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I remain committed to ending the corrosive influence that money has on our politics and politicians. That is why I am very proud to reintroduce my Campaign Integrity Package. We can and must do more to ensure that everyone has the opportunity to have their voices heard and not to be drowned out in the tidal wave of corporate cash. Below is a list of proposals that I hope will enjoy bipartisan support and can pass this session. I know it is hard to get those who are enjoying the flood of funding to limit what they can raise, but we owe it to the health of our democracy to regulate campaign cash. 

LRB-1088 - “The Sensible Limits Act”: This proposal limits contributions to PACs, legislative campaign committees, and political parties to no more than $10,000, with the exception of a candidate contributing his or her personal funds to his or her own candidate committee. The proposal also prohibits political parties and legislative campaign committees from establishing a segregated fund to use for general purposes, eliminating the segregated fund shell game that has allowed these groups to avoid donation limits. (Sen. Larson & Rep. Sargent)

LRB-1089 – “Restoring Reasonable Limit Act”: This proposal will decrease the individual and candidate committee contribution limit from $20,000 to $10,000 for statewide candidates. (Sen. Larson & Rep. Sargent)

LRB-1090 – “Special Interests Limitation Act”: This proposal reduces by half the donation limits on political action committee contributions to candidates. The limits under the proposal are generally the same as those that applied to political action committee contributions prior to the 2016 legislation that radically increased the financial influence of special interest groups and their political action committees. (Sen. Larson & Rep. Sinicki)

LRB-1091 – “Closing the PAC Loophole Act”: This proposal closes a loophole in the legal definition of a PAC that groups use to bypass donation limits. Currently, a political action committee is defined as a person, other than an individual, that either has express advocacy as its major purpose or spends more than 50 percent of its total spending in a 12-month period on expenditures are made to support or defeat a referendum or contributions made to a candidate committee, legislative campaign committee, or political party. This proposal defines a political action committee, for campaign finance purposes, as a committee that includes a person, other than an individual, that spends more than $1,000 in a 12-month period on expenditures for express advocacy or any other aforementioned purposes. (Sen. Larson & Rep. Anderson)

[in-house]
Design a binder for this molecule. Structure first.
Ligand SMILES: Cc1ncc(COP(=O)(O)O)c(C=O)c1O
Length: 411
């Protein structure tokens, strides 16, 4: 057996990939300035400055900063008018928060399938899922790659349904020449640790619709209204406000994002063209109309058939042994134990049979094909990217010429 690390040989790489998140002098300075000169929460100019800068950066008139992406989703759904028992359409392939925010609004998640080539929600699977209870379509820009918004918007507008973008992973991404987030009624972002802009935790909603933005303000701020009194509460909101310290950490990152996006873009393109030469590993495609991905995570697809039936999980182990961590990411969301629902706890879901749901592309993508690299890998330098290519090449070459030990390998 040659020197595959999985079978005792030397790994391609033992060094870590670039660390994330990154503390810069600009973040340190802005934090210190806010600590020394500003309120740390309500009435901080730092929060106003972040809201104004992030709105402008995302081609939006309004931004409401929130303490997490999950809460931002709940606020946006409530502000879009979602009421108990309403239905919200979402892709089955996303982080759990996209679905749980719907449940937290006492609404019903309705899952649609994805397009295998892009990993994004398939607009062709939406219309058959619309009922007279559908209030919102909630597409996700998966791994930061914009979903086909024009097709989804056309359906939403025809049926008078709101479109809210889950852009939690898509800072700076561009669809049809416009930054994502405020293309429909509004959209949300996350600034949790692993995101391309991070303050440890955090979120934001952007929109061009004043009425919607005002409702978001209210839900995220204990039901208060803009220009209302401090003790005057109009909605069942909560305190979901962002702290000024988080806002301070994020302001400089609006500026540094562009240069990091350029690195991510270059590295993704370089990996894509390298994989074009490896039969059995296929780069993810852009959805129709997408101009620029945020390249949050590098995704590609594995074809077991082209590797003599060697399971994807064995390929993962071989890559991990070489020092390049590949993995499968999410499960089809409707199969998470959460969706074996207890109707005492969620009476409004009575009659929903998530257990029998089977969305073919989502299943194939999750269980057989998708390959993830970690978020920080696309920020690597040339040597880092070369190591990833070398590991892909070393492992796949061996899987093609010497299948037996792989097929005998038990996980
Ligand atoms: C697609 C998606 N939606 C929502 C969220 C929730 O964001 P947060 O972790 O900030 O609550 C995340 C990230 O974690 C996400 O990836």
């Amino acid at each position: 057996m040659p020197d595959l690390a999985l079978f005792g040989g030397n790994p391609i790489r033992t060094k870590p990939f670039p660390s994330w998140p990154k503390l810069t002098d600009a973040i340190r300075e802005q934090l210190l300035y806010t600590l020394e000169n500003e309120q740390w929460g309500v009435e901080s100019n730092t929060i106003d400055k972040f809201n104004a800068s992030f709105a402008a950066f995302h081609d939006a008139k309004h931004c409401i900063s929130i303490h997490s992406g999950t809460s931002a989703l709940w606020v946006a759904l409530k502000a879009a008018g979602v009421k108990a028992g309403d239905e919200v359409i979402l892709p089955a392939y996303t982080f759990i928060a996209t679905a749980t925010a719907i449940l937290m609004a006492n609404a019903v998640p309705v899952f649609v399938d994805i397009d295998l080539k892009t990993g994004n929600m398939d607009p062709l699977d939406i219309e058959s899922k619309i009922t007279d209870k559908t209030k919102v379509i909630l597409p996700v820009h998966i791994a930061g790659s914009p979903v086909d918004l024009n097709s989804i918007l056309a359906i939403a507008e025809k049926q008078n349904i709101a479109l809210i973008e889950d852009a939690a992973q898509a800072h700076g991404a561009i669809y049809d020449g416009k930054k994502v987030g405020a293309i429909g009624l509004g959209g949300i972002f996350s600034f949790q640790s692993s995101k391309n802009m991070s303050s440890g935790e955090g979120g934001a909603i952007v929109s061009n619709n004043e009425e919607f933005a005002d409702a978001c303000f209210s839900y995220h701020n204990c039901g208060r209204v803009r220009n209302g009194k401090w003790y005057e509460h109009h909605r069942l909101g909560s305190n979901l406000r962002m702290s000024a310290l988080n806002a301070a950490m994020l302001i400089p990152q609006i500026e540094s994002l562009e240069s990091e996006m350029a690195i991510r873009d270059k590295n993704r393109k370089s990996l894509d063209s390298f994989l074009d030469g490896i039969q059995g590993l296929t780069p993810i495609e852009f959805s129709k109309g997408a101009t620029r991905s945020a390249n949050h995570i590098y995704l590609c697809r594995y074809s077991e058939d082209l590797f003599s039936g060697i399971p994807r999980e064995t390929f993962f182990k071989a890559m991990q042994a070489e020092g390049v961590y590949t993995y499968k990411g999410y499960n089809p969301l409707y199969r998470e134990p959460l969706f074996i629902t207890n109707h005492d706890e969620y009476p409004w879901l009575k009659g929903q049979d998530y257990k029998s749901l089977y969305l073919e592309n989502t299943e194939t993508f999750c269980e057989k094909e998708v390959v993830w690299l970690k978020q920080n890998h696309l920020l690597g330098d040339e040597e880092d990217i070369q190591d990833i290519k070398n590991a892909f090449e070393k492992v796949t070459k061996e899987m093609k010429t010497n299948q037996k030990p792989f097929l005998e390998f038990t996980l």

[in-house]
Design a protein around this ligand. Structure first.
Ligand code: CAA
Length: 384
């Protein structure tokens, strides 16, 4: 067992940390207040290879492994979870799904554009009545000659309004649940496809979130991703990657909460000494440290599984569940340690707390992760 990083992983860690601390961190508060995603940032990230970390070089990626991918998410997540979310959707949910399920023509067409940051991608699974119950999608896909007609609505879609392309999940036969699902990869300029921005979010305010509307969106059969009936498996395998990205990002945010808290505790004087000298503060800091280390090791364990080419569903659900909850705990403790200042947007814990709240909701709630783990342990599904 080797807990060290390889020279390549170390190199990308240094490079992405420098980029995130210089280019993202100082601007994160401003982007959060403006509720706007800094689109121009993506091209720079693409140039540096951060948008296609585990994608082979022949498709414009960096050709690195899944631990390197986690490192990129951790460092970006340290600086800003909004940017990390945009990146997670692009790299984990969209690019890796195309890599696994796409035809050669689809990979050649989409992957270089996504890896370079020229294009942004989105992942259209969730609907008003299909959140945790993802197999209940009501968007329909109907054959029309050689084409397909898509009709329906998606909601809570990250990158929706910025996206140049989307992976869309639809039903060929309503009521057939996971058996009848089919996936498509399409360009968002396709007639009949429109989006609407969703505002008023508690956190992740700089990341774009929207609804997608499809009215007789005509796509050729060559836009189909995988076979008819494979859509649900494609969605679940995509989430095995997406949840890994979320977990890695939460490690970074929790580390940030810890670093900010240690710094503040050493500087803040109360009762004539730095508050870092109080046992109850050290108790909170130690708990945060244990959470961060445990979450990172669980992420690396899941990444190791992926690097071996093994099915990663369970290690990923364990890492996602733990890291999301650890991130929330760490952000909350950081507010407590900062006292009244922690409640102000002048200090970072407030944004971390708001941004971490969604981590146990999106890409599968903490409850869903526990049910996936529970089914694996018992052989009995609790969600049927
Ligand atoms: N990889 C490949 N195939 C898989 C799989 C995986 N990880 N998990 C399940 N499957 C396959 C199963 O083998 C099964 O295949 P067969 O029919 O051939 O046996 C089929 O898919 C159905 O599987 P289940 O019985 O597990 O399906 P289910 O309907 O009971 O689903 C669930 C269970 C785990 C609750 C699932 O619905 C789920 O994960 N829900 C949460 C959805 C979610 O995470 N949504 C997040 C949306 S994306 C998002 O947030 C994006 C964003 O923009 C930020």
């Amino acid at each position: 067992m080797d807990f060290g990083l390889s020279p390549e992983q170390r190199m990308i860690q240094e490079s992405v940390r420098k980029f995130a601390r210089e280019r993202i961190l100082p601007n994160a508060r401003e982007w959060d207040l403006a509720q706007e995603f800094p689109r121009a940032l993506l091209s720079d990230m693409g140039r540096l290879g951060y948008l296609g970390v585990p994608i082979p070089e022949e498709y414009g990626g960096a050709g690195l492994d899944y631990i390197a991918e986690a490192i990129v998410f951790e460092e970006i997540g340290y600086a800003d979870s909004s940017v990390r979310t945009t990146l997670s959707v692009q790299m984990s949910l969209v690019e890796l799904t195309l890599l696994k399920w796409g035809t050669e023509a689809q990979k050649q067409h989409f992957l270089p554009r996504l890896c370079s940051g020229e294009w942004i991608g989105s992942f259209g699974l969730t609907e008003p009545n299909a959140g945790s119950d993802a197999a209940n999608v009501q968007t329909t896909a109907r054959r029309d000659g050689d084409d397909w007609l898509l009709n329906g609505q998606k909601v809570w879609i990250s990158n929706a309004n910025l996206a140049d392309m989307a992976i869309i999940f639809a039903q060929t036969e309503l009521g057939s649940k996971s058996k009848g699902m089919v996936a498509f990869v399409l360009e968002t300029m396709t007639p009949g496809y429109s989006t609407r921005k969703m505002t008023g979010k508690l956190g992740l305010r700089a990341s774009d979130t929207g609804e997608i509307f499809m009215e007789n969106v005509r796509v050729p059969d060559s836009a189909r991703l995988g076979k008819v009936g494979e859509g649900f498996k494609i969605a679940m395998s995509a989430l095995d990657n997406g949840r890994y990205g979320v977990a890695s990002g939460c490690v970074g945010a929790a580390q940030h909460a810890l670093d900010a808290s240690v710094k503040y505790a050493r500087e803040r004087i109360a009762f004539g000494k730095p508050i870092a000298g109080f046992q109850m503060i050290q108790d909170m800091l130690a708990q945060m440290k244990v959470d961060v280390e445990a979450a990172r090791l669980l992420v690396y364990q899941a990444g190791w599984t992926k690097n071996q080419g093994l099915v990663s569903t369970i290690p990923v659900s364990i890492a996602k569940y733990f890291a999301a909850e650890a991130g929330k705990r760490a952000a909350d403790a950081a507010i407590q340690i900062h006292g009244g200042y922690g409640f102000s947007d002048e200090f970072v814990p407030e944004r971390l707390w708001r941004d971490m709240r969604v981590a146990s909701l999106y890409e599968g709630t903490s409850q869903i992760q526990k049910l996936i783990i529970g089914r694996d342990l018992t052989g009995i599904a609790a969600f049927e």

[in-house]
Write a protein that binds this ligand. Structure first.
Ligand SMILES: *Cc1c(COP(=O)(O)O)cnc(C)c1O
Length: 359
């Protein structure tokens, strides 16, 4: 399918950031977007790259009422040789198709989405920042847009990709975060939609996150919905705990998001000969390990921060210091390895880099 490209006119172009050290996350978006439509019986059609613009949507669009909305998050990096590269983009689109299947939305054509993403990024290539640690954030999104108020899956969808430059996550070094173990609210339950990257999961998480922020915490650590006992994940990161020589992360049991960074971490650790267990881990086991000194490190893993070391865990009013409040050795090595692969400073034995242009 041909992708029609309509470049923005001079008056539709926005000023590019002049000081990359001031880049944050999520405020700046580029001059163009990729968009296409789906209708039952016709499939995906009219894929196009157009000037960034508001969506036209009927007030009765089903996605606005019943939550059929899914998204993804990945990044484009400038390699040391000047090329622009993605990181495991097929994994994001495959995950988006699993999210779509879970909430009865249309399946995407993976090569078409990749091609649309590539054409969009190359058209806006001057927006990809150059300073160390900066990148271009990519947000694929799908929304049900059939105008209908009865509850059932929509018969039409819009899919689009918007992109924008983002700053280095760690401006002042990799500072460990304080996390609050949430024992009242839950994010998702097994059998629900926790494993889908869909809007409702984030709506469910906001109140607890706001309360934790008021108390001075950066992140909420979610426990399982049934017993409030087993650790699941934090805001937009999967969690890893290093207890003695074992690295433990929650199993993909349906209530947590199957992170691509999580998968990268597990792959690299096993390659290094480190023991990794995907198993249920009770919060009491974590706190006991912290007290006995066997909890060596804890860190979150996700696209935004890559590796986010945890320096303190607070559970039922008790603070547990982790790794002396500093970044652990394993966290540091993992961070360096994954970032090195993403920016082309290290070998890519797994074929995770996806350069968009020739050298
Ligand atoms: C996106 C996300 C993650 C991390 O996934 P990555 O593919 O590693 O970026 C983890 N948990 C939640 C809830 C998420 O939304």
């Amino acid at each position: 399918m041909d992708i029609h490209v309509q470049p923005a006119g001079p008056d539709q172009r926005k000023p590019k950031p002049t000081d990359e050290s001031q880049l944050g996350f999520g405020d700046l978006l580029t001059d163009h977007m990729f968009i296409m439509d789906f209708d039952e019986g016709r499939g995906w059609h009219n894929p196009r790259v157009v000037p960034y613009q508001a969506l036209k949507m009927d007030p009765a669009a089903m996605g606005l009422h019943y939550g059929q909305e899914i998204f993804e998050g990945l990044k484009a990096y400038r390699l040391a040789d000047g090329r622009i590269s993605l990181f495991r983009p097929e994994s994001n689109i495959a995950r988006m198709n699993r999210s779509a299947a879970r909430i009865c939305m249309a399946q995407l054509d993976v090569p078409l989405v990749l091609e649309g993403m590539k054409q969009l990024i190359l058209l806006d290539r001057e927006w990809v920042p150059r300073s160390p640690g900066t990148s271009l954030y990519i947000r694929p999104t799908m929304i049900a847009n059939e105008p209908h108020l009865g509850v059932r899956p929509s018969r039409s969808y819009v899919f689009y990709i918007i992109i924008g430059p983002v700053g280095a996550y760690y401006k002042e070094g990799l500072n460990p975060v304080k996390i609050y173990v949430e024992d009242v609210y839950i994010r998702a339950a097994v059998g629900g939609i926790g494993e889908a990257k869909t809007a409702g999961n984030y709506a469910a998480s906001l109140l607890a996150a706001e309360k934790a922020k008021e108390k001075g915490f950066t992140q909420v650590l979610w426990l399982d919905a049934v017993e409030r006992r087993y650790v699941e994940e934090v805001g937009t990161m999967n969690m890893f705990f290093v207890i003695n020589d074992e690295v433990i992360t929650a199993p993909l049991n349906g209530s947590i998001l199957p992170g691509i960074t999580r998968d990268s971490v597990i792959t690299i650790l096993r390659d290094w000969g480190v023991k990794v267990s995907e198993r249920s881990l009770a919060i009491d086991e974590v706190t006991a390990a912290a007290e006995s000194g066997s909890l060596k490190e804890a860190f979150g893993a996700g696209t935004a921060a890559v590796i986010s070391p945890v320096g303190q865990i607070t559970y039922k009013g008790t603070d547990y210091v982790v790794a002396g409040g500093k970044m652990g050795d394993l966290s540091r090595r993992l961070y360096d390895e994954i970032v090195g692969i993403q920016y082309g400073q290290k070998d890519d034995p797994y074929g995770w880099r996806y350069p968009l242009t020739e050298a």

LRB-1093 – Coordination Control Act”: This proposal places the same financial limits on coordinated expenditures between candidates and groups as are currently in place for direct contributions. Allowing unchecked coordinated campaign expenditures circumvents campaign donation limits, invites corruption, as well as fosters immense special interest influence. (Sen. Larson & Rep. Anderson)

LRB-1094 – “No Corporate Campaign Bribes Act”: This proposal amends Wisconsin State Statutes to prohibit a corporation, cooperative association, labor organization, or federally recognized American Indian Tribe from making contributions to segregated funds established and administered by a political party or legislative campaign committee. This closes the segregated fund shell game loophole used to funnel additional money to committees. (Sen. Larson & Rep. Brostoff)

LRB-1095 – “Contribution Sunshine Act”: This proposal requires any committee that receives campaign finance contributions of more than $100 cumulatively from an individual to report that individual’s place of employment and occupation if any. Current Wisconsin law does not require the disclosure of any donor’s place of employment; furthermore, current law only requires the reporting of the donor’s occupation at the $200 and up level. (Sen. Larson & Rep. Brostoff)

LRB-1319 – “Stop Unlimited Contributions Act”: This proposal will limit contributions that an Individual can make to a political party or legislative campaign committee as well as limiting the transfer of funds between these entities. This proposal combines some of the elements of other components of the Campaign Integrity Package and is part of a wide-ranging set of good government proposals that the State Assembly Democrats are introducing. (Rep. Sargent & Sen. Larson)


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All of the bills contained within The Campaign Integrity package are currently being circulated for co-sponsorship until February 14th. This is a period where every legislator has the opportunity to sign their name onto the legislation.